MOST ARE WILLING TO PAY MORE FOR A MEAL THAN A WILL
From our experience, it would appear that many are prepared to pay a couple of hundred bucks to eat out, yet squirm at the thought of paying an expert to draft their last Will and Testament, a vital document that speaks for them when they are gone.Perhaps the reluctance is more from the uncomfortable fact that we don’t ever really want to die, but unfortunately, it is a reality and the best that we can do is ensure that our loved ones don’t have something else to worry about in our absence.
A wide range of organisations and service providers, including attorneys, banks, accountants and financial advisers, draft these crucial documents.
In short, your will articulates the manner in which you would like your assets to be divided and used to provide for your family. The power of the will is the power to provide immediate answers to hard questions. It has the power to ease the reality of your passing and help your closest and dearest gain closure. It has the power to represent you; if it’s been written properly.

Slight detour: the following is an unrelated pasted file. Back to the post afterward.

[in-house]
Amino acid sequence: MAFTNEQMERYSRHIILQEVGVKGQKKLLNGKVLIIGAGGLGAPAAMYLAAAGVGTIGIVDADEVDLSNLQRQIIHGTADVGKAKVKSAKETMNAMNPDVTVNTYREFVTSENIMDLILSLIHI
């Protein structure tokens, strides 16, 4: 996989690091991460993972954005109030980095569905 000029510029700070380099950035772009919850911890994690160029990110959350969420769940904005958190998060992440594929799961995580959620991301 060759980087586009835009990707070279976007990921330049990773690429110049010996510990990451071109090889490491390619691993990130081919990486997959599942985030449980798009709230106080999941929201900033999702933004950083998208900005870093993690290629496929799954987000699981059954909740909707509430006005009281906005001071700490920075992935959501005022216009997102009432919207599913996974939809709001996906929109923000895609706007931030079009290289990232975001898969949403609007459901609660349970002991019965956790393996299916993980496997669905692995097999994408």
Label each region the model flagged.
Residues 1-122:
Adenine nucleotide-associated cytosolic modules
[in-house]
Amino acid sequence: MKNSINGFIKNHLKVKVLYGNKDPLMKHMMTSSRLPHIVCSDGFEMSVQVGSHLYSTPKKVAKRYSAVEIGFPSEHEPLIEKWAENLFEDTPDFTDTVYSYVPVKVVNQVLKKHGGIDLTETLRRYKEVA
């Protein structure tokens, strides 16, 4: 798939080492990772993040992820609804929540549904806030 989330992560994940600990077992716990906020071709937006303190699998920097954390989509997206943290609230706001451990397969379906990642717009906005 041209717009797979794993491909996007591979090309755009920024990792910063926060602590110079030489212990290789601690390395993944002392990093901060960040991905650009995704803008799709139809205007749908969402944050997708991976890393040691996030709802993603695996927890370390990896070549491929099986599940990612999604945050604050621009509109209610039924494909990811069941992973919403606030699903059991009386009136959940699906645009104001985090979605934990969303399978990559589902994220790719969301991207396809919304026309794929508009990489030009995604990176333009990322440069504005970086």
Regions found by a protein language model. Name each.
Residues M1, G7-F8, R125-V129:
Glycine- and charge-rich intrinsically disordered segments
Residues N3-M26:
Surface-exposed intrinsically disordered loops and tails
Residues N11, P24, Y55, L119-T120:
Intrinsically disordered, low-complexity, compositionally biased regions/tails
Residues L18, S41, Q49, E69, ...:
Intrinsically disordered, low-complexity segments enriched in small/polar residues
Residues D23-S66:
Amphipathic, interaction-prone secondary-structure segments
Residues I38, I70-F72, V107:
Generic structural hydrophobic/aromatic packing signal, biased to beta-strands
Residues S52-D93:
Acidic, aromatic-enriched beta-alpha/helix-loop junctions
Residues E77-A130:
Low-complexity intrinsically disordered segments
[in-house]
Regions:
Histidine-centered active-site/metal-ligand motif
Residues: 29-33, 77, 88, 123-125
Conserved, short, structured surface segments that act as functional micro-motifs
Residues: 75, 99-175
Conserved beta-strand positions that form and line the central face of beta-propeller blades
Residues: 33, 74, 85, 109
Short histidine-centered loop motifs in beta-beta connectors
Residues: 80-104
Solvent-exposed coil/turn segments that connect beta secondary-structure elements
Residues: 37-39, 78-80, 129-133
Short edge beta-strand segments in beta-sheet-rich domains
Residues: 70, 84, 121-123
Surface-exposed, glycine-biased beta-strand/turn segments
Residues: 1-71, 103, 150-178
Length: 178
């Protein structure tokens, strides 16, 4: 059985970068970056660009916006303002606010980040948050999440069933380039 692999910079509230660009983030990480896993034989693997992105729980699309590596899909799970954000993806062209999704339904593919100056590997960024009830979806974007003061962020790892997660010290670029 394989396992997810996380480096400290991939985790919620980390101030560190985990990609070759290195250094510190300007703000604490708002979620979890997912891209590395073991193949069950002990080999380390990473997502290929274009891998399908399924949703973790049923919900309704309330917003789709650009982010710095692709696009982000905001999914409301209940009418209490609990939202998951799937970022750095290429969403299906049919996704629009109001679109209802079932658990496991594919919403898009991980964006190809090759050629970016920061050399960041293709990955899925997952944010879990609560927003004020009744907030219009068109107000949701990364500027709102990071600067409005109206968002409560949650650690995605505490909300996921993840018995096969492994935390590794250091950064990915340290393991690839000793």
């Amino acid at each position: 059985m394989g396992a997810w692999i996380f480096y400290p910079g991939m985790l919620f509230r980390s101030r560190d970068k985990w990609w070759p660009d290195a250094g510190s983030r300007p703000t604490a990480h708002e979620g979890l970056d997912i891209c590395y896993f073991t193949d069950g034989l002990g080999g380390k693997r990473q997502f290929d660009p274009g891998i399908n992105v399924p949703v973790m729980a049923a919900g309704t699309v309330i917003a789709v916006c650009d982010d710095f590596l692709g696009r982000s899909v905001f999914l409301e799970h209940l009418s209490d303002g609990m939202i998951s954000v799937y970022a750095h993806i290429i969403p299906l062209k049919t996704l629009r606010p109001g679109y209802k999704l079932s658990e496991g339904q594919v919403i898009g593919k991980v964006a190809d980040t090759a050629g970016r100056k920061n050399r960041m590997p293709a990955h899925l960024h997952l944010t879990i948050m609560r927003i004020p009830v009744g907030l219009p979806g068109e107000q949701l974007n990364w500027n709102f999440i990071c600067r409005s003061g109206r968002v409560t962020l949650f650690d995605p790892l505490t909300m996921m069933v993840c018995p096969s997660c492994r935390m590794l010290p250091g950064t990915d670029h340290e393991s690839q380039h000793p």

Anyone with dependants or with assets they wish to leave behind needs to take the process seriously and not simply focus on getting a will drafted as cheaply as possible. Many estates are left with unresolved issues because the drafter of the will performed an inferior service.
Regardless of whether you are paying for your will or if the cost is included in other fees you are paying to your bank or financial advisor, it is vital that you ensure it is sketched by a qualified expert in will drafting, estate planning and the related tax concerns.
Furthermore, don’t be misled into thinking that a relatively small estate necessarily requires less complexity or is easier to wind up when you pass on, than a large estate. A R3.5 million estate with private company shares, children from two marriages and a usufruct attached to a property would be more complex than a R20 million estate with equities, cash and a house.